The last bucket of KI4 being sifted
Three weeks ago we finished sifting the soil from area KI4, and in the coming days we will be finishing the preliminary sorting and registering of the finds from this area. Finishing the sifting of this area was very meaningful because it marked the end of the prevalent finds The last bucket of KI4 being sifted by many staff memberssamples that will be included in The last bucket of KI4 being sifted by many staff membersthe analysis and publication.
All the prevalent finds that will be retrieved in the future will be saved for future studies, but special finds will be published in the final publication volume or in articles in archaeological journals. We celebrated the sifting of the last bucket by having all the staff members that day participate in its sifting.
It has been more than two years that we have been intensively working on the analysis of the prevalent finds, which included mainly the sorting of the pottery rims (the rim is the most indicative part of the pot). We’re about the end of the first phase of the pottery sorting, which includes general time periods and classes (jars, bowls, cooking pots, etc.). The next phase will include further detailed typological sorting within each class.
Peretz Reuven sorting pottery at the lab
The study of the finds from the Temple Mount debris is a very complicated prolong task, but on the other hand it is a great challenge. In some ways it is like a gigantic puzzle with hundreds of thousands of pieces, but unlike most puzzles, the whole picture does not reveal itself gradually; it can only be revealed after the last piece has been put in place. That is because only after sorting all of the finds from each area will we have adequate samples for the statistical analysis. In addition, the sorting is done by experts in various archaeological periods. Much of the work has already been completed, but much more detailed work lies ahead of us, and it will take some time until we will start seeing meaningful results.
Gal Zagdon sorting ancient iron nails at hte lab
Temple Mount News
Yesterday the Waqf began a new small scale construction dig just a few meters from the northwest side of the Dome of the Rock. The purpose of the work was to expose an old water pipe in order to replace it.
Today we visited the site and found out that they dug out a trench about 20 m long and 1/2 m deep. The work was done manually under police and Antiquities Authority supervision. No ancient architectural remnants were noticed in the trench by us or by the inspector. At the south end of the trench we noticed some earth with a red-brown color. If this is indeed a sign of the terra rossa soil layer, this means they might have penetrated a layer that predates the First Temple destruction.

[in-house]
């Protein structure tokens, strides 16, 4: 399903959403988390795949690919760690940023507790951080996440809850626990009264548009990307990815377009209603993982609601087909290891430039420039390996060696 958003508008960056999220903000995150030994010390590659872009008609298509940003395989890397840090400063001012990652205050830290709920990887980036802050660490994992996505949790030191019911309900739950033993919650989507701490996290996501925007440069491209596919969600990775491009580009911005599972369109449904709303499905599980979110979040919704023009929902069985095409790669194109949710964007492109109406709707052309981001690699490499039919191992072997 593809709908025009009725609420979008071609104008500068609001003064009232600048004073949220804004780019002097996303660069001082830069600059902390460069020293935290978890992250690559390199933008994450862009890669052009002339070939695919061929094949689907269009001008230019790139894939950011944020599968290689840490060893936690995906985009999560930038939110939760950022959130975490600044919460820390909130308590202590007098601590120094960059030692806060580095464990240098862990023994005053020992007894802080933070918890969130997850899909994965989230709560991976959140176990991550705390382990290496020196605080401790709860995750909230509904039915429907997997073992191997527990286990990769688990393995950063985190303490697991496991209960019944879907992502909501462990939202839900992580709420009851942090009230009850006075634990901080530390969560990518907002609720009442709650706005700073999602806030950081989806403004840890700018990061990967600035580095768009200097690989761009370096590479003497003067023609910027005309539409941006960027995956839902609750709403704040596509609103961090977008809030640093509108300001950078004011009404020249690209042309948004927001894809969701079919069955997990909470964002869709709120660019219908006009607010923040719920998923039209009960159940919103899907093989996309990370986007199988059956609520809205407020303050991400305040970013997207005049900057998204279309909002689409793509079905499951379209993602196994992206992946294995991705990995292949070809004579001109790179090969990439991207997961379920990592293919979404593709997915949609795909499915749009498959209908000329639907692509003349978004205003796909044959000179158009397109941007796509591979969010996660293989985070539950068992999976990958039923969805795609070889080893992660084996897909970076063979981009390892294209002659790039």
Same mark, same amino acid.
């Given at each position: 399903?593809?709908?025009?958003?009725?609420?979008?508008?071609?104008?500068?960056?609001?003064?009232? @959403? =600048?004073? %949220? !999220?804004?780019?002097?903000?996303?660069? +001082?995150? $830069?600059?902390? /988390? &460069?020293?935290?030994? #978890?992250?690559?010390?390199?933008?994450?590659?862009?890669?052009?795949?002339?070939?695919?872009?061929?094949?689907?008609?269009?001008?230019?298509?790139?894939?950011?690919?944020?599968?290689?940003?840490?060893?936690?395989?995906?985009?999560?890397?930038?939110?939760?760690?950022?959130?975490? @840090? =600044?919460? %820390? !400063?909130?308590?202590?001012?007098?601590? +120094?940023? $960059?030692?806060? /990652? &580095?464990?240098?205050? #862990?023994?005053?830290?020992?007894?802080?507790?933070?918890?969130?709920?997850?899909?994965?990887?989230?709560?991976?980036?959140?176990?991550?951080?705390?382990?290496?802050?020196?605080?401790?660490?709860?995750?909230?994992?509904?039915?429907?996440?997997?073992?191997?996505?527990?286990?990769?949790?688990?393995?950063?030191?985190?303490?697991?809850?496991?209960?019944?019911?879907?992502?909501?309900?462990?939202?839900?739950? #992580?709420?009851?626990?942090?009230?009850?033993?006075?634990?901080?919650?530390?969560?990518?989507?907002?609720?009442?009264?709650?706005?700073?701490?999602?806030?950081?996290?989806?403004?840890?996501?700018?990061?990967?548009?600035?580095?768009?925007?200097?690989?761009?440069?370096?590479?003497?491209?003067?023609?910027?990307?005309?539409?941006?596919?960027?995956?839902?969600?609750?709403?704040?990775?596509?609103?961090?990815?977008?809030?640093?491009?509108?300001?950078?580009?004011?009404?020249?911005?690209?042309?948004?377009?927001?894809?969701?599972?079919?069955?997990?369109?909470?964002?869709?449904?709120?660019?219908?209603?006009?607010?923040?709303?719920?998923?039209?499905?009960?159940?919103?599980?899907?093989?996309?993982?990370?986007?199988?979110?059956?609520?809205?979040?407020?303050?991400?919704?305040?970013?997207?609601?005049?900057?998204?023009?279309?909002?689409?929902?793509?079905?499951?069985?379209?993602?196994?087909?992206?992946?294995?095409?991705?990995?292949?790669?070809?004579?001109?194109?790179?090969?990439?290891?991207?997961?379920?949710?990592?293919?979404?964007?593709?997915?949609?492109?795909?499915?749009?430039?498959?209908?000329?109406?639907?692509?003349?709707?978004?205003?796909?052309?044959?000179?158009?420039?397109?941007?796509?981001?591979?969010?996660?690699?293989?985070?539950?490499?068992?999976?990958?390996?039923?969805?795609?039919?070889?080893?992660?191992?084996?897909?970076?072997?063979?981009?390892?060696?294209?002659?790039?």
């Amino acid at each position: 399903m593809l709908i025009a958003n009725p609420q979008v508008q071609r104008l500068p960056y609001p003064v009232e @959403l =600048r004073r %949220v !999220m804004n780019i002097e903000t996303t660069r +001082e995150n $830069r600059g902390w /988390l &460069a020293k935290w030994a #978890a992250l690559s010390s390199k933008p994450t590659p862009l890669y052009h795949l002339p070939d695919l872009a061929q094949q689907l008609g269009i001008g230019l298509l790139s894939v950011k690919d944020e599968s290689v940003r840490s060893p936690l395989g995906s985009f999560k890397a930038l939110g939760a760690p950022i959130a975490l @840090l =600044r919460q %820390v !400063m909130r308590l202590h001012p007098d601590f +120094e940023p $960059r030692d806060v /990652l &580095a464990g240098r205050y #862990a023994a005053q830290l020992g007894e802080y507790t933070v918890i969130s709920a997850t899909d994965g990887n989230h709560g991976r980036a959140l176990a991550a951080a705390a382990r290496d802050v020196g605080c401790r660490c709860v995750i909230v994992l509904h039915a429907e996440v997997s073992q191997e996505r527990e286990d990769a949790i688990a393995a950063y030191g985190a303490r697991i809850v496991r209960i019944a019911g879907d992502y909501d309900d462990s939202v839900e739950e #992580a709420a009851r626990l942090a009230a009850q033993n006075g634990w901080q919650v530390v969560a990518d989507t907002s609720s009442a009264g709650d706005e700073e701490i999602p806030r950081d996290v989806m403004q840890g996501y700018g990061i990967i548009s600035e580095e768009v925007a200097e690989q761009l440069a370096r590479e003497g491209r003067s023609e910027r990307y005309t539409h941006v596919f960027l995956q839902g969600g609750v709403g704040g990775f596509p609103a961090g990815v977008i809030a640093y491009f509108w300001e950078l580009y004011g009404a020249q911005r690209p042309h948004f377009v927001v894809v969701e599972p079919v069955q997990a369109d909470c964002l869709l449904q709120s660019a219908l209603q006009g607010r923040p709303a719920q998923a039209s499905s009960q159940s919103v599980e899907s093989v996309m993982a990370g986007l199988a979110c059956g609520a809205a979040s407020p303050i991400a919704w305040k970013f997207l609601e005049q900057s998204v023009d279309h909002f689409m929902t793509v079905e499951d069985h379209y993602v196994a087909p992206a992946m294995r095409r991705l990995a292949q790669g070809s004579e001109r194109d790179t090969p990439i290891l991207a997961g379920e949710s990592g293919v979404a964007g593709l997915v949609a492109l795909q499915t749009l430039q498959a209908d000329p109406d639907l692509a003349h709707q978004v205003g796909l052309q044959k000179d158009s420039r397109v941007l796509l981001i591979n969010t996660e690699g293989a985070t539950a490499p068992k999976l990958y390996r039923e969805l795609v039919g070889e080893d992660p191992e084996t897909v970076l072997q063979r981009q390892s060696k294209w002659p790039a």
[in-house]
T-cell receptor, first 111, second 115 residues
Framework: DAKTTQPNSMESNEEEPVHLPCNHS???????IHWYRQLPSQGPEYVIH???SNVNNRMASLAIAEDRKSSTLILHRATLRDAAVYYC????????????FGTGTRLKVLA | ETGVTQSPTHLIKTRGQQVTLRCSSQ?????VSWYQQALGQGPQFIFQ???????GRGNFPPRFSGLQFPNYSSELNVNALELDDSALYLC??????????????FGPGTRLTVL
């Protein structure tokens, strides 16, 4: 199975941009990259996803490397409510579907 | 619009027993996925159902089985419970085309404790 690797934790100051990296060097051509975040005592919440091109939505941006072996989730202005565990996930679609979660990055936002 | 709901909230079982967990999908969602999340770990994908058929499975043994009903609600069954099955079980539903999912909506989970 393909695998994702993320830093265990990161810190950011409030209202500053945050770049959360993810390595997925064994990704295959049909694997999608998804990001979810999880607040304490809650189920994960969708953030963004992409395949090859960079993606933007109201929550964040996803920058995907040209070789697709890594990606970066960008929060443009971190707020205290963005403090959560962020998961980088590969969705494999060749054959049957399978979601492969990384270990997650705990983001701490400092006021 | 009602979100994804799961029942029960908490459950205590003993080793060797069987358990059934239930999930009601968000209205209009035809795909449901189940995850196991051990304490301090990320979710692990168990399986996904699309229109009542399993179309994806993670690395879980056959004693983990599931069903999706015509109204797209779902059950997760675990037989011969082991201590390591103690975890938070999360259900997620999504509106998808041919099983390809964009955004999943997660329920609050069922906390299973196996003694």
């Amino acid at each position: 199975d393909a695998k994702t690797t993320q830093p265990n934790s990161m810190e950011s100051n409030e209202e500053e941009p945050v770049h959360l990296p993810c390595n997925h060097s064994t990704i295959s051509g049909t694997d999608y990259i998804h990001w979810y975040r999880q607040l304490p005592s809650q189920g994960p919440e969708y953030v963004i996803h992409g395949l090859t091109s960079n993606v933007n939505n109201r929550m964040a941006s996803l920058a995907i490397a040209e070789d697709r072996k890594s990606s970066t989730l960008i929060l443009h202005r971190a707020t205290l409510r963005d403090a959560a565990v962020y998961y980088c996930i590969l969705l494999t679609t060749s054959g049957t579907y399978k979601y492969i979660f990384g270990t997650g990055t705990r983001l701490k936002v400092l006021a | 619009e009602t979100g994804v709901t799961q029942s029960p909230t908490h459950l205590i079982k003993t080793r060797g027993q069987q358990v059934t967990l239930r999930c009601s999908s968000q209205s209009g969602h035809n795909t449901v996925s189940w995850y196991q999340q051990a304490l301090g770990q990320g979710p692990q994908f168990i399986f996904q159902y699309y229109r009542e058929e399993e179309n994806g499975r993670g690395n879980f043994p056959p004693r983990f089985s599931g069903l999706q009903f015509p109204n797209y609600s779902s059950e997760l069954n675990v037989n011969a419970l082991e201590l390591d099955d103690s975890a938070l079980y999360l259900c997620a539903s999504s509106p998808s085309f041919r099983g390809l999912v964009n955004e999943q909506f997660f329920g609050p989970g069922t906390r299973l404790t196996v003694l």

- A Water Pipe Trench North-West the Dome of the Rock
- Terra rosa soil at the south edge of the trench
From the trench they removed several cubic meters of debris , and, unfortunately, they discarded it on top of the debris heaps on the east side of the Temple Mount compound. We found this dump and briefly examined it. The soil was very wet so it was difficult to notice pottery shards, but we did find two fragments of glazed Ottoman tiles that were probably removed from the Dome of the Rock in one of the renovations in the last century.
Debris from the water pipe trench discarded on top of the debris heaps from other digs
This could be a unique opportunity to examine a sample of Temple Mount soil from the site of the Temple. Unfortunately, the authorities do not give much importance to the potential of this soil, as shown in the Sifting Project, otherwise it would have been dumped in a separate secure place. In spite this issue, it seems like the authorities this time were alert and insisted on enforcing the antiquities laws at the site.
The latest November issue of National Geographic has a section that deals with artifacts that were retrieved from sites where it was not possible to excavate them. The TMSP had a very respectful appearance in this section as the first site mentioned and the only one which is discussed in the text. They also added a very nice drawing of the Immer bulla.
The Immer Bulla in National Geographic